Linklaters overtakes rival Freshfields in revenue

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Jul 04, 2017
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Mammon update: Three prominent London law firms coughed up their financial figures yesterday, with most attention focusing on reports that one “magic circle” practice appears to have fallen behind another.

Freshfields Bruckhaus Deringer, the Anglo-German practice, reported that its annual revenue inched up by 0.3 per cent last year to £1.33 billion. Nonetheless, average earnings for senior equity partners rose by 5 per cent to £1.547 million, the first time that figure had broken the £1.5 million mark, according to The Lawyer magazine.

The publication went on to speculate that Freshfields is set to lose its position as the second largest magic circle player – in terms of annual turnover – to Linklaters, which reported revenue of £1.43 billion last week.

Both firms are still predicted to trail Clifford Chance at the top of the magic circle revenue tree. And they are all thought to lag behind DLA Piper, the transatlantic firm that has recently posted annual earnings of £1.62 billion.

Elsewhere in the cash till, Bird & Bird, the City of London technology and media specialist practice, announced annual revenue of nearly £316.8 million – a 5 per cent increase from the previous year, according to the website Legal Week.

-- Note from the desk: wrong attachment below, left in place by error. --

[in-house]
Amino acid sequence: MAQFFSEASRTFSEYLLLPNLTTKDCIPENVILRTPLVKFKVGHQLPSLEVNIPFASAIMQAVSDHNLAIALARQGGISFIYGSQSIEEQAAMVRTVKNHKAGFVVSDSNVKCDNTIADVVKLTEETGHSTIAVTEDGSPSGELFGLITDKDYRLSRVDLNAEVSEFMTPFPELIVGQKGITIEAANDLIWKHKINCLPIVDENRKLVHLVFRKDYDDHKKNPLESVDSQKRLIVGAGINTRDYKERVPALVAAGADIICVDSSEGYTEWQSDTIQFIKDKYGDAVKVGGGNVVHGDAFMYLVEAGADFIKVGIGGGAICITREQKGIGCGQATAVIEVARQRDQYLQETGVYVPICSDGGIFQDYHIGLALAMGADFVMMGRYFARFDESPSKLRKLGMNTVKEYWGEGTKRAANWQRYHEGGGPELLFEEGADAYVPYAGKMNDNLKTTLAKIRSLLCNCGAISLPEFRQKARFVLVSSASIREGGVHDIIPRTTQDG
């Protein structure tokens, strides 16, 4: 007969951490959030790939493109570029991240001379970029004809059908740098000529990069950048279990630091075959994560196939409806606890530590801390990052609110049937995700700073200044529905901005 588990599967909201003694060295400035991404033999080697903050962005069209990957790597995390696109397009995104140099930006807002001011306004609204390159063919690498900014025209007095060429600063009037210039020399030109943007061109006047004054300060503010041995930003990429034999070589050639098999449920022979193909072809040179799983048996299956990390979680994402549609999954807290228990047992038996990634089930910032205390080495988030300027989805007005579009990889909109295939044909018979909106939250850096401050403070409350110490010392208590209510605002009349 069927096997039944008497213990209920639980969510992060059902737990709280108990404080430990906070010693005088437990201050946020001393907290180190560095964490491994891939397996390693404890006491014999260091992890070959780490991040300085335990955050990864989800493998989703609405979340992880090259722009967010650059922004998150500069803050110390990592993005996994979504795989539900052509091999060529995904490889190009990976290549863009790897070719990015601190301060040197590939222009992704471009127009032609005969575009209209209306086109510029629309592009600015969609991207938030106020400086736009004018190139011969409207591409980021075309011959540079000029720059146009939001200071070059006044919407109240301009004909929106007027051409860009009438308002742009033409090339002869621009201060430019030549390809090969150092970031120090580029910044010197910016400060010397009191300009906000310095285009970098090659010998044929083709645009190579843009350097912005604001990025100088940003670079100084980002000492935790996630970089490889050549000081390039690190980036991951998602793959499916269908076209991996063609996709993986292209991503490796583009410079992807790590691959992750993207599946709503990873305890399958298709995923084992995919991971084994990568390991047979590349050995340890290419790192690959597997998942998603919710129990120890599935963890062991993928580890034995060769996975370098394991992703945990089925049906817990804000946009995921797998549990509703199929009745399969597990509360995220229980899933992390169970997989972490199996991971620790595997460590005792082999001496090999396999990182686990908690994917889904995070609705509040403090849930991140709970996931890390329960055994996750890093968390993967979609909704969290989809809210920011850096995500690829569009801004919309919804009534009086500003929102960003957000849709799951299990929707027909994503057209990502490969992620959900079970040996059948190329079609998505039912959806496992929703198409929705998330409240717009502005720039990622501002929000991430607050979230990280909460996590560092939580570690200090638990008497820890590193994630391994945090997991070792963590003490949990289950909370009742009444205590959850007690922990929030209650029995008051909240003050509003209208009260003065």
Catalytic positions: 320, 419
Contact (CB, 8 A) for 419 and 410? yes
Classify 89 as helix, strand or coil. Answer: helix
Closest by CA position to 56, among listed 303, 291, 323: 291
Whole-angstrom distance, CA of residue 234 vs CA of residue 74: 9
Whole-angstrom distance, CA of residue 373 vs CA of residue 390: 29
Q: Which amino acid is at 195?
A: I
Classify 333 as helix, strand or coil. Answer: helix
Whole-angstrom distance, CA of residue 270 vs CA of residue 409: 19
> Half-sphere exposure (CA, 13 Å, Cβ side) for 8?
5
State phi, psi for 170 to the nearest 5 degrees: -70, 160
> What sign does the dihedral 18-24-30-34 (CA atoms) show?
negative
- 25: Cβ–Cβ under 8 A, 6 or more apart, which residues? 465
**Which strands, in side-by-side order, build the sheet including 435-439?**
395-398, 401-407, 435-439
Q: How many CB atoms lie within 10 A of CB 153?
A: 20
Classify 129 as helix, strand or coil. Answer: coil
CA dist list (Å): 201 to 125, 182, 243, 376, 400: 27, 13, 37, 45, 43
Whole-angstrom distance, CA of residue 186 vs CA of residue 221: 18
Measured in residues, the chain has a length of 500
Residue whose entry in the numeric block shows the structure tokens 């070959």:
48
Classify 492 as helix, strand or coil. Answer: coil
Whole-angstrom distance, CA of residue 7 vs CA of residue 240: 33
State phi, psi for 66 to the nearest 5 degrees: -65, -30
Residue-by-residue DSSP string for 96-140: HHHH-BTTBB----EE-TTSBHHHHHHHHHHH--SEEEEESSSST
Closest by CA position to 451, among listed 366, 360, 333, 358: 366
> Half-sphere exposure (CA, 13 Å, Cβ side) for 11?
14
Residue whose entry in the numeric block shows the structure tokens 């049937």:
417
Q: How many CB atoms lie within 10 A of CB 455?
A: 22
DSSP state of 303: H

Fellow Londoners Mishcon de Reya, the firm that played a crucial role in the Article 50 judicial review earlier this year, announced turnover of £149.4 million – an increase of 17 per cent, according to Legal Week.

And the national firm Shoosmiths revealed an annual turnover of £116.7 million, 9 per cent up on last year.

Banging the gavel … again

We revive our occasional gavel watch series to highlight yet another outfit that should know better than to employ American iconography when illustrating British legal reports.

This morning the spotlight of shame falls on the Government Legal Department, which published a photograph of a gavel in its annual report for this year, presumably in an effort to deflect readers’ attention from otherwise dry statistics.

But perhaps the Whitehall lawyers know something that has been kept secret from the rest of the legal profession, namely that the minority Conservative government is keen to import gavel use from the US. Perhaps just as Coca Cola has livened up our lunch times, a bit of gavel banging will perk up staid English courts.

Or perhaps the department’s graphic designers just need to have a lesson in British court procedures.

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